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Regarding Congressman Coffman's guest column on "net neutrality" in last week's paper:
While it is admirable that Coffman called for a delay of the vote in December, which went through anyway, I hope the congressman comes to realize that all the arguments for the last few years that have tried to state net neutrality is an antiquated pariah, similar to the phone line system of 70 years ago, are specious at best.
That existing phone line system was fair and equitable for all. The rate of speed was the same for everyone, from individuals to corporations, as has been the internet ever since it was made available for public use. Now, if that vote of the FCC remains unchanged, internet providers will charge whatever they want, and will be able to slow down, or speed up, for use of the internet.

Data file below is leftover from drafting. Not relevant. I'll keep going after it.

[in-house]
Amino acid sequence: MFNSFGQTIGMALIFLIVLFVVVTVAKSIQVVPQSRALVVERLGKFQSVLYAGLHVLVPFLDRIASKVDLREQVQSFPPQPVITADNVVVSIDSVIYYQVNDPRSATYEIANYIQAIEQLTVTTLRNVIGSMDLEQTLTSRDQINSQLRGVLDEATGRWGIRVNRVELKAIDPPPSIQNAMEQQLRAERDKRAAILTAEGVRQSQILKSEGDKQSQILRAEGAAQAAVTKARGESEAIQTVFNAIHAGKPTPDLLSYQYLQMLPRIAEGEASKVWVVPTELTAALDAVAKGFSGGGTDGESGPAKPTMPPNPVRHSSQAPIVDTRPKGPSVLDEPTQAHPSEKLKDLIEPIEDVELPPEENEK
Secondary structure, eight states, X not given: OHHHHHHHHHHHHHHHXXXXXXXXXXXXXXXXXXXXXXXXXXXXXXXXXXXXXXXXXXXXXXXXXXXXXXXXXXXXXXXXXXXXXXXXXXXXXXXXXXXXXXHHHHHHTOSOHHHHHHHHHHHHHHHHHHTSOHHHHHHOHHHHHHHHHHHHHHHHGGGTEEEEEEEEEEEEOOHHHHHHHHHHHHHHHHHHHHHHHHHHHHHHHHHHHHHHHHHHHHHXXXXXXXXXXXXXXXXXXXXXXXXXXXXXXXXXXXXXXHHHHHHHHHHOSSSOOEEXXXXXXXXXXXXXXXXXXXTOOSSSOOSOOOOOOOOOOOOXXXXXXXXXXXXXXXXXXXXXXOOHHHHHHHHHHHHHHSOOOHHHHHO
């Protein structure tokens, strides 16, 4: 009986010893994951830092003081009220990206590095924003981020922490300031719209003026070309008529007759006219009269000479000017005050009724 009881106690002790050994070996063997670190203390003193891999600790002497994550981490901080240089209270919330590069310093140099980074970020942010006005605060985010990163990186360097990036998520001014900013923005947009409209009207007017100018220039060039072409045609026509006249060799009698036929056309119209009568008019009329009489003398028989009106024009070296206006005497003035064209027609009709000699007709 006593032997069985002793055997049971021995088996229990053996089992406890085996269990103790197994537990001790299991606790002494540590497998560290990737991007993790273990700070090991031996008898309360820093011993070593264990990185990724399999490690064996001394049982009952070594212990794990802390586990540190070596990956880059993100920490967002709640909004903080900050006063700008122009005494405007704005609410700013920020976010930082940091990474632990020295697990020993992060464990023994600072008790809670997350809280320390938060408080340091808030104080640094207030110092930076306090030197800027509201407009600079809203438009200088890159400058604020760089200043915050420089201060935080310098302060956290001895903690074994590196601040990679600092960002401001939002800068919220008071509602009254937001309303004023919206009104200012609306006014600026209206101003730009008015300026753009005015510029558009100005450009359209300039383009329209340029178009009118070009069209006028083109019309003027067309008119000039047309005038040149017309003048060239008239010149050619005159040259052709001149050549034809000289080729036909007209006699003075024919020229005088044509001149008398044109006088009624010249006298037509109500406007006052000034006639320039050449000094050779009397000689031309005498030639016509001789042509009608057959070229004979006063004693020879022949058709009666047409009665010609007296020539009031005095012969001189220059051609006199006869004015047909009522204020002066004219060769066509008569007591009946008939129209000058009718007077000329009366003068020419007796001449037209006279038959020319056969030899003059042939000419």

Any websites you use, that is provided by a provider who may not like that website, will not only be able to slow it down, but could speed it up and charge for it - and guess who ultimately will pay for the increased cost? We will - the public.
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